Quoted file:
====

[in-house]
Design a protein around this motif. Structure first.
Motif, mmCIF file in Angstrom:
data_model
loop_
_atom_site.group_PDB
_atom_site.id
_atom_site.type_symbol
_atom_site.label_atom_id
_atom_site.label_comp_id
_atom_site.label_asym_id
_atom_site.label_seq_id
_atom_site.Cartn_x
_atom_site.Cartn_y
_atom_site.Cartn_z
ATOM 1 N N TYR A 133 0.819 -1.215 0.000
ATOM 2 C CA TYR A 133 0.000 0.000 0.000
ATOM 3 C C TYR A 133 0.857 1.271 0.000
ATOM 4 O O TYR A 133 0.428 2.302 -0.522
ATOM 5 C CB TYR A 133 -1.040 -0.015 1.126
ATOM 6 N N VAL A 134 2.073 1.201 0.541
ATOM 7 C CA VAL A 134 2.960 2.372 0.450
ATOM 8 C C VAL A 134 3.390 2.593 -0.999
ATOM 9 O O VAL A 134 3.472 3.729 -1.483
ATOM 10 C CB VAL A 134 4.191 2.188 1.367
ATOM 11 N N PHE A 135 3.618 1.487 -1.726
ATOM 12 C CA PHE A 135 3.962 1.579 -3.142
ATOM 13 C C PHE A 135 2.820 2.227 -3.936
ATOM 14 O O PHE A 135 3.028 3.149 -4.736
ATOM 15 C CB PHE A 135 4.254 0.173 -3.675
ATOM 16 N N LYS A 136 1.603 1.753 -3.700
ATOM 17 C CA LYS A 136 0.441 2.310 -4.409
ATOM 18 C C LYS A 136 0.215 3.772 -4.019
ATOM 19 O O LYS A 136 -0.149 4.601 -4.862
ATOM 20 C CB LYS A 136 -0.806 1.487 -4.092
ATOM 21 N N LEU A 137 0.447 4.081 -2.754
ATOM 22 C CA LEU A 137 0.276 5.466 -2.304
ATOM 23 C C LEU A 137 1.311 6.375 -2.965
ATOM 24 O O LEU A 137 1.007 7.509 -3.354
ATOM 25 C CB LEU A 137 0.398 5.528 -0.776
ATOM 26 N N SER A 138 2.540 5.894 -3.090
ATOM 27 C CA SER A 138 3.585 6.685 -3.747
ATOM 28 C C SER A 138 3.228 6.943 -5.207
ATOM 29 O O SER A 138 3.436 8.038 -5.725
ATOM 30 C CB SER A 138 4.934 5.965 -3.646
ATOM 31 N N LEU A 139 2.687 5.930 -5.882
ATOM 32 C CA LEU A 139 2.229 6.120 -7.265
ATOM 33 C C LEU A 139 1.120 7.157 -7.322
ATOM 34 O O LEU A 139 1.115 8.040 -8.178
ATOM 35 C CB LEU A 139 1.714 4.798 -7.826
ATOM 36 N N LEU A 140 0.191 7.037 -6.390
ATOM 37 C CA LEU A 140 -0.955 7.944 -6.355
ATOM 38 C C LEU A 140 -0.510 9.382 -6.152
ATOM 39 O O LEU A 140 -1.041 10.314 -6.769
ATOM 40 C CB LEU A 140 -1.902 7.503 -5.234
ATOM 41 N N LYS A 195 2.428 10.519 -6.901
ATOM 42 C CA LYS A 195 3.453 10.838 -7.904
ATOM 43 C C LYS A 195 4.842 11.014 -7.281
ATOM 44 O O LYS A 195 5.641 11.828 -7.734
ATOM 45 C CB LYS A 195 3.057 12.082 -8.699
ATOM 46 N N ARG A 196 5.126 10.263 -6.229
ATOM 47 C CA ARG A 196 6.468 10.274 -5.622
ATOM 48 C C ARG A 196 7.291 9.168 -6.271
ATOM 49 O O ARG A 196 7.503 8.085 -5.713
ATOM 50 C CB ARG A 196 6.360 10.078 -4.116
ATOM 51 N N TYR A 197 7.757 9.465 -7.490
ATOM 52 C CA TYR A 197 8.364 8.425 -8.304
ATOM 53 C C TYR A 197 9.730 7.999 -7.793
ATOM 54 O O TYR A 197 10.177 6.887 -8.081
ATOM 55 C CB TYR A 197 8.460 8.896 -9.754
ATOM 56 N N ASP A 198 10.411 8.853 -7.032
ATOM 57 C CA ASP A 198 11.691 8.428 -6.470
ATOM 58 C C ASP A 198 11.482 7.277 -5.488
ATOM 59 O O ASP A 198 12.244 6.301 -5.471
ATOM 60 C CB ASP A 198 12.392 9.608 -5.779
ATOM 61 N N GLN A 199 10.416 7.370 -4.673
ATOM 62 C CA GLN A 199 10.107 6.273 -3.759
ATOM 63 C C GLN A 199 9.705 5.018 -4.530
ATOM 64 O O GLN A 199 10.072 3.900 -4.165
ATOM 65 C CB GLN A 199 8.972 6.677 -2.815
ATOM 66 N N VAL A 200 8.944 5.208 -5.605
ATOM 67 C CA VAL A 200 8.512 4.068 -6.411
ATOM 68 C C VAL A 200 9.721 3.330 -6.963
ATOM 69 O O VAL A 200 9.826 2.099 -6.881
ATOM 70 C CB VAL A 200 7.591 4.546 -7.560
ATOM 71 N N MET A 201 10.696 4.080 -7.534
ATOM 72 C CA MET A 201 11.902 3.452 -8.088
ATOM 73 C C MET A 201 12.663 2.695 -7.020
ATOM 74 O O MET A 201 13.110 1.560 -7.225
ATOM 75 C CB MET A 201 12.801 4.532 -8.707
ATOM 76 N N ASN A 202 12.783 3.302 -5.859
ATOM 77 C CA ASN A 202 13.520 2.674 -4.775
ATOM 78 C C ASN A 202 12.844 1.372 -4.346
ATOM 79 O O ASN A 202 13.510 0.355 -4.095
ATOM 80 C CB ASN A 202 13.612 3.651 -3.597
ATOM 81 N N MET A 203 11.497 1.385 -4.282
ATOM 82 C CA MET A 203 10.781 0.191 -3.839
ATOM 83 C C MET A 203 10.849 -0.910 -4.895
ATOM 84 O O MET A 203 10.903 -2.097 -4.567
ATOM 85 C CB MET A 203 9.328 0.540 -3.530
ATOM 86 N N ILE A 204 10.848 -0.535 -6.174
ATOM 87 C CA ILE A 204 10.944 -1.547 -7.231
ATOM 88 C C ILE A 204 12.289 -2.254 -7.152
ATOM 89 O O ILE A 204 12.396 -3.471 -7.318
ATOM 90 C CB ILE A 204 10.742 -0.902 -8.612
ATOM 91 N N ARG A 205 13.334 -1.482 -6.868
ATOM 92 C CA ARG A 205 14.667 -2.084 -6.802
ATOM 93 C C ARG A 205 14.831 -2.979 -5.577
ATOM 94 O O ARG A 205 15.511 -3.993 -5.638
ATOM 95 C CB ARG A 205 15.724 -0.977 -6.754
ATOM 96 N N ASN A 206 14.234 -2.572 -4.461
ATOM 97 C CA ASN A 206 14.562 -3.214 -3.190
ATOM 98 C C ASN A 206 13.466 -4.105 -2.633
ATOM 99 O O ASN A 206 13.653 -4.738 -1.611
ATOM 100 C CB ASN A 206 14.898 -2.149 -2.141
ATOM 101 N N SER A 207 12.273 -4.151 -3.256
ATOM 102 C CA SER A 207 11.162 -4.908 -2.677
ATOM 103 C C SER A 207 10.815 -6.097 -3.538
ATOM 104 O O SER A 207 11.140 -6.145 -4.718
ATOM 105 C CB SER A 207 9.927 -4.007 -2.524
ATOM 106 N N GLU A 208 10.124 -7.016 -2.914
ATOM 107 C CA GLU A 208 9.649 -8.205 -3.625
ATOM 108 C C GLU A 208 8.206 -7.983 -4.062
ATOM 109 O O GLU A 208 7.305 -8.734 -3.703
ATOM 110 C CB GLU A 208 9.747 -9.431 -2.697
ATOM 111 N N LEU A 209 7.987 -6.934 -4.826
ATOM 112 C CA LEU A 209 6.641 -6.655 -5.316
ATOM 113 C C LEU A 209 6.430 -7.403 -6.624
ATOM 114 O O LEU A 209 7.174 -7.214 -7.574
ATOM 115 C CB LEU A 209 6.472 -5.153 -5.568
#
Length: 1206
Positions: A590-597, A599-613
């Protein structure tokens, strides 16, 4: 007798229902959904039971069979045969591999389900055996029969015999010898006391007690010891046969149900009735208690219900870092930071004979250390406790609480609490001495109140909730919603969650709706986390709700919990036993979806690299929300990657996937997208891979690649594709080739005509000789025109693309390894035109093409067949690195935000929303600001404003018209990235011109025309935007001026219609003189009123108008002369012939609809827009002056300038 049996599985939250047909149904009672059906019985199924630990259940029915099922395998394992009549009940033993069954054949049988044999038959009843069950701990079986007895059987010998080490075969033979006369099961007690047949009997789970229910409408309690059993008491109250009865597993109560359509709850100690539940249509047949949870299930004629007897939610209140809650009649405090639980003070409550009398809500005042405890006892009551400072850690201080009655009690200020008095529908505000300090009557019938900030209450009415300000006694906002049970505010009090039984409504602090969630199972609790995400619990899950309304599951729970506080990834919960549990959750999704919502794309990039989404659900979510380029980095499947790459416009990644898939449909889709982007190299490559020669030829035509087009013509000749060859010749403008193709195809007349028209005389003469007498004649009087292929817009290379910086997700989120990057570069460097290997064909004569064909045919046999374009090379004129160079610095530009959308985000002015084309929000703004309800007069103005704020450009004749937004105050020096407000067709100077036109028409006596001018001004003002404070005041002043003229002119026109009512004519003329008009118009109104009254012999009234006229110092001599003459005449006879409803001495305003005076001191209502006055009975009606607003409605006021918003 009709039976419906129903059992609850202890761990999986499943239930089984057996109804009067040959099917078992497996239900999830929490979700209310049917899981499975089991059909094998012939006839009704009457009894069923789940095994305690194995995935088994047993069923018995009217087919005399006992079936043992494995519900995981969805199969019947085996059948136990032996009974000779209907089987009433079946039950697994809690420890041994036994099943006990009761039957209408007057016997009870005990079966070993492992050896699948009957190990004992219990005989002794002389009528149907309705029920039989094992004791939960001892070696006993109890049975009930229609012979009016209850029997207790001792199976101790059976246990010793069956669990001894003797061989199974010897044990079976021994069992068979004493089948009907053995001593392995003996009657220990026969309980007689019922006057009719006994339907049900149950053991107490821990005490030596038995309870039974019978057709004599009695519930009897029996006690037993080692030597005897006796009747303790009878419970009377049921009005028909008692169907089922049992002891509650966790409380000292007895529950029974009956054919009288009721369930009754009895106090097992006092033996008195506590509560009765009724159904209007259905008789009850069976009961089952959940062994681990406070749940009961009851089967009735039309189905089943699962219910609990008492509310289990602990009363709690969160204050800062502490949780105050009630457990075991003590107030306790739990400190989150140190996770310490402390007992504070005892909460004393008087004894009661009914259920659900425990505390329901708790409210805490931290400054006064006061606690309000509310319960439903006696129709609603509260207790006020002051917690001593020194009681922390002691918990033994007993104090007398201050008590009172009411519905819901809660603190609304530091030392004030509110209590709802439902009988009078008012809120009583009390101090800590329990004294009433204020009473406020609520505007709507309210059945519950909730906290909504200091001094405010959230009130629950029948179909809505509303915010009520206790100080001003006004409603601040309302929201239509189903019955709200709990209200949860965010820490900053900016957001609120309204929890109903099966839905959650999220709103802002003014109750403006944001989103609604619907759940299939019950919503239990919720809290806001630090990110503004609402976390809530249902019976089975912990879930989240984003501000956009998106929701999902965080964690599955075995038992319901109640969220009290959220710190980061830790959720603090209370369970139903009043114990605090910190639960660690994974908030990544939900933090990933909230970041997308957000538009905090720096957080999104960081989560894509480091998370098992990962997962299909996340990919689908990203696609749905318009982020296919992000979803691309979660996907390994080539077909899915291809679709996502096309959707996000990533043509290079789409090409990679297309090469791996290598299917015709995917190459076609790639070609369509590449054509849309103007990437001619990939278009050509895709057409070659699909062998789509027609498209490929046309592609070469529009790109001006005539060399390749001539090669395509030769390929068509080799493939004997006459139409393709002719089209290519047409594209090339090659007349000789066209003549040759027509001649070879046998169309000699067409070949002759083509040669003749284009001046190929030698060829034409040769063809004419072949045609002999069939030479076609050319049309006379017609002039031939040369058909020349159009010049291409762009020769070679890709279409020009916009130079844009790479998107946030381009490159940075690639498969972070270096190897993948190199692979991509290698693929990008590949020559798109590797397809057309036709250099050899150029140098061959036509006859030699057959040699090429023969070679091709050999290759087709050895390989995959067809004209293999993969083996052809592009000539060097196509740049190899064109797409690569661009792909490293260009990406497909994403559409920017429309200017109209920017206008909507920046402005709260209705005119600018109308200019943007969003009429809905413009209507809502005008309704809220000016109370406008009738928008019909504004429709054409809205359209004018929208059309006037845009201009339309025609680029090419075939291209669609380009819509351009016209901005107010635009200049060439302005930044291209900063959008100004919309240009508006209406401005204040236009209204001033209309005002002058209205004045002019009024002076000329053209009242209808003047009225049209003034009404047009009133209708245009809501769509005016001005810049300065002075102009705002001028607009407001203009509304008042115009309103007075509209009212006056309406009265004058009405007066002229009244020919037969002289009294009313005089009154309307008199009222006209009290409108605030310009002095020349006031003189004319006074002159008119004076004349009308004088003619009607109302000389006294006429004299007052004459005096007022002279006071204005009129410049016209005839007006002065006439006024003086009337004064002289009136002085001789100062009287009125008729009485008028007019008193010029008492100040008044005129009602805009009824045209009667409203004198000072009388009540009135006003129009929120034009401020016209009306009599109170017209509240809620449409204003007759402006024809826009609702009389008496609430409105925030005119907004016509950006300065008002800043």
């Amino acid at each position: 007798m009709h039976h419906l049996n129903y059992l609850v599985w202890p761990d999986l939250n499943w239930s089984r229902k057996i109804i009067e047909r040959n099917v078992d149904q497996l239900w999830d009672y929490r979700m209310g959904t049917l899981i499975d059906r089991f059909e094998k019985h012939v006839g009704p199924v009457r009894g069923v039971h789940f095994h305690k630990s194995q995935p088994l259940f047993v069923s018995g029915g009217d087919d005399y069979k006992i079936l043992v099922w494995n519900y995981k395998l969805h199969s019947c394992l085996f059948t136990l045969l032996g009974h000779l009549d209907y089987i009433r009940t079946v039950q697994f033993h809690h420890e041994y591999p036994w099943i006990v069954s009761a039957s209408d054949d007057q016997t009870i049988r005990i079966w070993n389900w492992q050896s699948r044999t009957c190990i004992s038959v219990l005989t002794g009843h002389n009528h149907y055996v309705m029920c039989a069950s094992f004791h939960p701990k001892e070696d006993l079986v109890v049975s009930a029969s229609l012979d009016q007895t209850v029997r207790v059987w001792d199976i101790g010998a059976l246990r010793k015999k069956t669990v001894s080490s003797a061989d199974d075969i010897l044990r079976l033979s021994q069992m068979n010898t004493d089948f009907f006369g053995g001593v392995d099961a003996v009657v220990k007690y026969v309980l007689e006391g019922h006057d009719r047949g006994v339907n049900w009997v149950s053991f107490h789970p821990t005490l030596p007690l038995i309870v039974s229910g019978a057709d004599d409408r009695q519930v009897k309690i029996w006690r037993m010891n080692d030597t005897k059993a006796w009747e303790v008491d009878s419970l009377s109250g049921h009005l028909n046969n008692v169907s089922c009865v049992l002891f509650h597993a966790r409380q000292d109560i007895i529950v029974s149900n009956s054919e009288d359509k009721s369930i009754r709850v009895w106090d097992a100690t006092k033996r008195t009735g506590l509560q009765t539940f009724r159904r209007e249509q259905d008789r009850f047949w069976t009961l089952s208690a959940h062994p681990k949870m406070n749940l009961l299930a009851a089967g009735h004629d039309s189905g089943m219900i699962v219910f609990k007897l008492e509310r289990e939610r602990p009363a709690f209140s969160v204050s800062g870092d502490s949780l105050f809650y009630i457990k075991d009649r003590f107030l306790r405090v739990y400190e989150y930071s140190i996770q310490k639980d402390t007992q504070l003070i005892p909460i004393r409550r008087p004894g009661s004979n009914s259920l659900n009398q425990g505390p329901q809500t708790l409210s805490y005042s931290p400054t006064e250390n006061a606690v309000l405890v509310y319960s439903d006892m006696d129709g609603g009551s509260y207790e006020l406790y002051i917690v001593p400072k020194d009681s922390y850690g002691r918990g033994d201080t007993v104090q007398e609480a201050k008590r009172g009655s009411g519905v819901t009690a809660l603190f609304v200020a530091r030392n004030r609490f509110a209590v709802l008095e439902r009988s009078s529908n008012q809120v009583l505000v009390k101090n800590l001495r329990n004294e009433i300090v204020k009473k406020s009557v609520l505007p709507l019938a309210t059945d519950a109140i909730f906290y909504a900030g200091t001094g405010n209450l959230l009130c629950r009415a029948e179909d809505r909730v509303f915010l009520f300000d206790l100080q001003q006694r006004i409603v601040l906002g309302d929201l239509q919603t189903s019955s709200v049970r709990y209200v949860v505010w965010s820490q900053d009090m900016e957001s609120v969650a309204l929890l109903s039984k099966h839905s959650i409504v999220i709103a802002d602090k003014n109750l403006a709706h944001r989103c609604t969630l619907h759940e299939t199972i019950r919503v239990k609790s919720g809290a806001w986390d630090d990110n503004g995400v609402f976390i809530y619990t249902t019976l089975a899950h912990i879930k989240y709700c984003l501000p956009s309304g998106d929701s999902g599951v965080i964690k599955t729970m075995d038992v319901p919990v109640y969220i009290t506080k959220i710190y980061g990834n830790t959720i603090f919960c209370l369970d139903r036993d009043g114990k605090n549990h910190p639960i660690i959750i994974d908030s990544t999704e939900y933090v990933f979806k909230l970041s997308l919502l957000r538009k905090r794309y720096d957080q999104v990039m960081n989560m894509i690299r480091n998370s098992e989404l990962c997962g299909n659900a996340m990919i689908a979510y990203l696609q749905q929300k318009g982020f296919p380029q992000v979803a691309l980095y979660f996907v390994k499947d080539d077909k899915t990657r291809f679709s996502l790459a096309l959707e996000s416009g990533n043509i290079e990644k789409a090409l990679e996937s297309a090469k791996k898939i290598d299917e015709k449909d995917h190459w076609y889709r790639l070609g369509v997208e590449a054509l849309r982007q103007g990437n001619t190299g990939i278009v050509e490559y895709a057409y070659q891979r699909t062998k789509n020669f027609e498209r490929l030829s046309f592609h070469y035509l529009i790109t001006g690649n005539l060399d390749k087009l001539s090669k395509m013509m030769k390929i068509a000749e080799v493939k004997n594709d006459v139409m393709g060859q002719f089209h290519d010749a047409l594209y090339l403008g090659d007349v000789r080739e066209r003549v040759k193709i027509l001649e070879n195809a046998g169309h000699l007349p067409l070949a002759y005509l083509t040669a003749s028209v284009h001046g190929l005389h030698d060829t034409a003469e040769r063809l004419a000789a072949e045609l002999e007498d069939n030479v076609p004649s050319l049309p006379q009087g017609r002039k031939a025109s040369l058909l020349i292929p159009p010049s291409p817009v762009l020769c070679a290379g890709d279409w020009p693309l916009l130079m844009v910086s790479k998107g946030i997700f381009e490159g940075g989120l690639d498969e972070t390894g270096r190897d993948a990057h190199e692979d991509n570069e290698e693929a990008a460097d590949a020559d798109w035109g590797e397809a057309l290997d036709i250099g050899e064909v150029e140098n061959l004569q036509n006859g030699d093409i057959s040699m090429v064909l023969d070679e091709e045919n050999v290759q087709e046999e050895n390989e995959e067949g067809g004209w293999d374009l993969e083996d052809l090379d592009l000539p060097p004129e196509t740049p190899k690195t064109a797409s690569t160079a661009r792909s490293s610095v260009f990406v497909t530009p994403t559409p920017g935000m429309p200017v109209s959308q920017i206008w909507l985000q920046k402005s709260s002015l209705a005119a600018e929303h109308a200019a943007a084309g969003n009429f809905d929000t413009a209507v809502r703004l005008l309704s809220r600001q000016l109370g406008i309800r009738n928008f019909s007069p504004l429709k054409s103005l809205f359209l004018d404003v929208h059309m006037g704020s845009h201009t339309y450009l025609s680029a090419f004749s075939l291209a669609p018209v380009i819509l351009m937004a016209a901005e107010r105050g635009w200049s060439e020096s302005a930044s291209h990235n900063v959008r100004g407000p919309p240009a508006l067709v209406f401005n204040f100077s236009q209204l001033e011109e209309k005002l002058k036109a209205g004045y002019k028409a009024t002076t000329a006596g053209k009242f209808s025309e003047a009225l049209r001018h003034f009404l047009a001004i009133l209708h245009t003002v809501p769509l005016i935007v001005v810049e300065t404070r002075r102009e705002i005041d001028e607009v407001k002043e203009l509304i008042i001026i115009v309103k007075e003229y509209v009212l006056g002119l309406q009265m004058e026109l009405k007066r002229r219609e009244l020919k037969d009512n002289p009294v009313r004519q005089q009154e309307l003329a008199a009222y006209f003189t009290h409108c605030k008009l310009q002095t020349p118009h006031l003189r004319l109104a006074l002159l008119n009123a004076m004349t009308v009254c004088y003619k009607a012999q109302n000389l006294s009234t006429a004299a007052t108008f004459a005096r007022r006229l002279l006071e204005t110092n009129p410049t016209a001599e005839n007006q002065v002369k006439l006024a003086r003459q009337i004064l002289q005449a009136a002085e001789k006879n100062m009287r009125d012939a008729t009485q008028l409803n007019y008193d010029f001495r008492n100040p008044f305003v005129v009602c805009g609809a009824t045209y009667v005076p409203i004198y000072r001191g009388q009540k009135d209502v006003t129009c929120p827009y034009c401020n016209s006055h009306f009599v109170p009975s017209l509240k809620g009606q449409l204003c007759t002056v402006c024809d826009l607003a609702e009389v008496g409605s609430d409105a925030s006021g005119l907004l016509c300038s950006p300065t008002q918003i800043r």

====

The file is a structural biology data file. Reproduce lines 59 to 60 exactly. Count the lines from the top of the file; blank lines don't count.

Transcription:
ATOM 44 O O LYS A 195 5.641 11.828 -7.734
ATOM 45 C CB LYS A 195 3.057 12.082 -8.699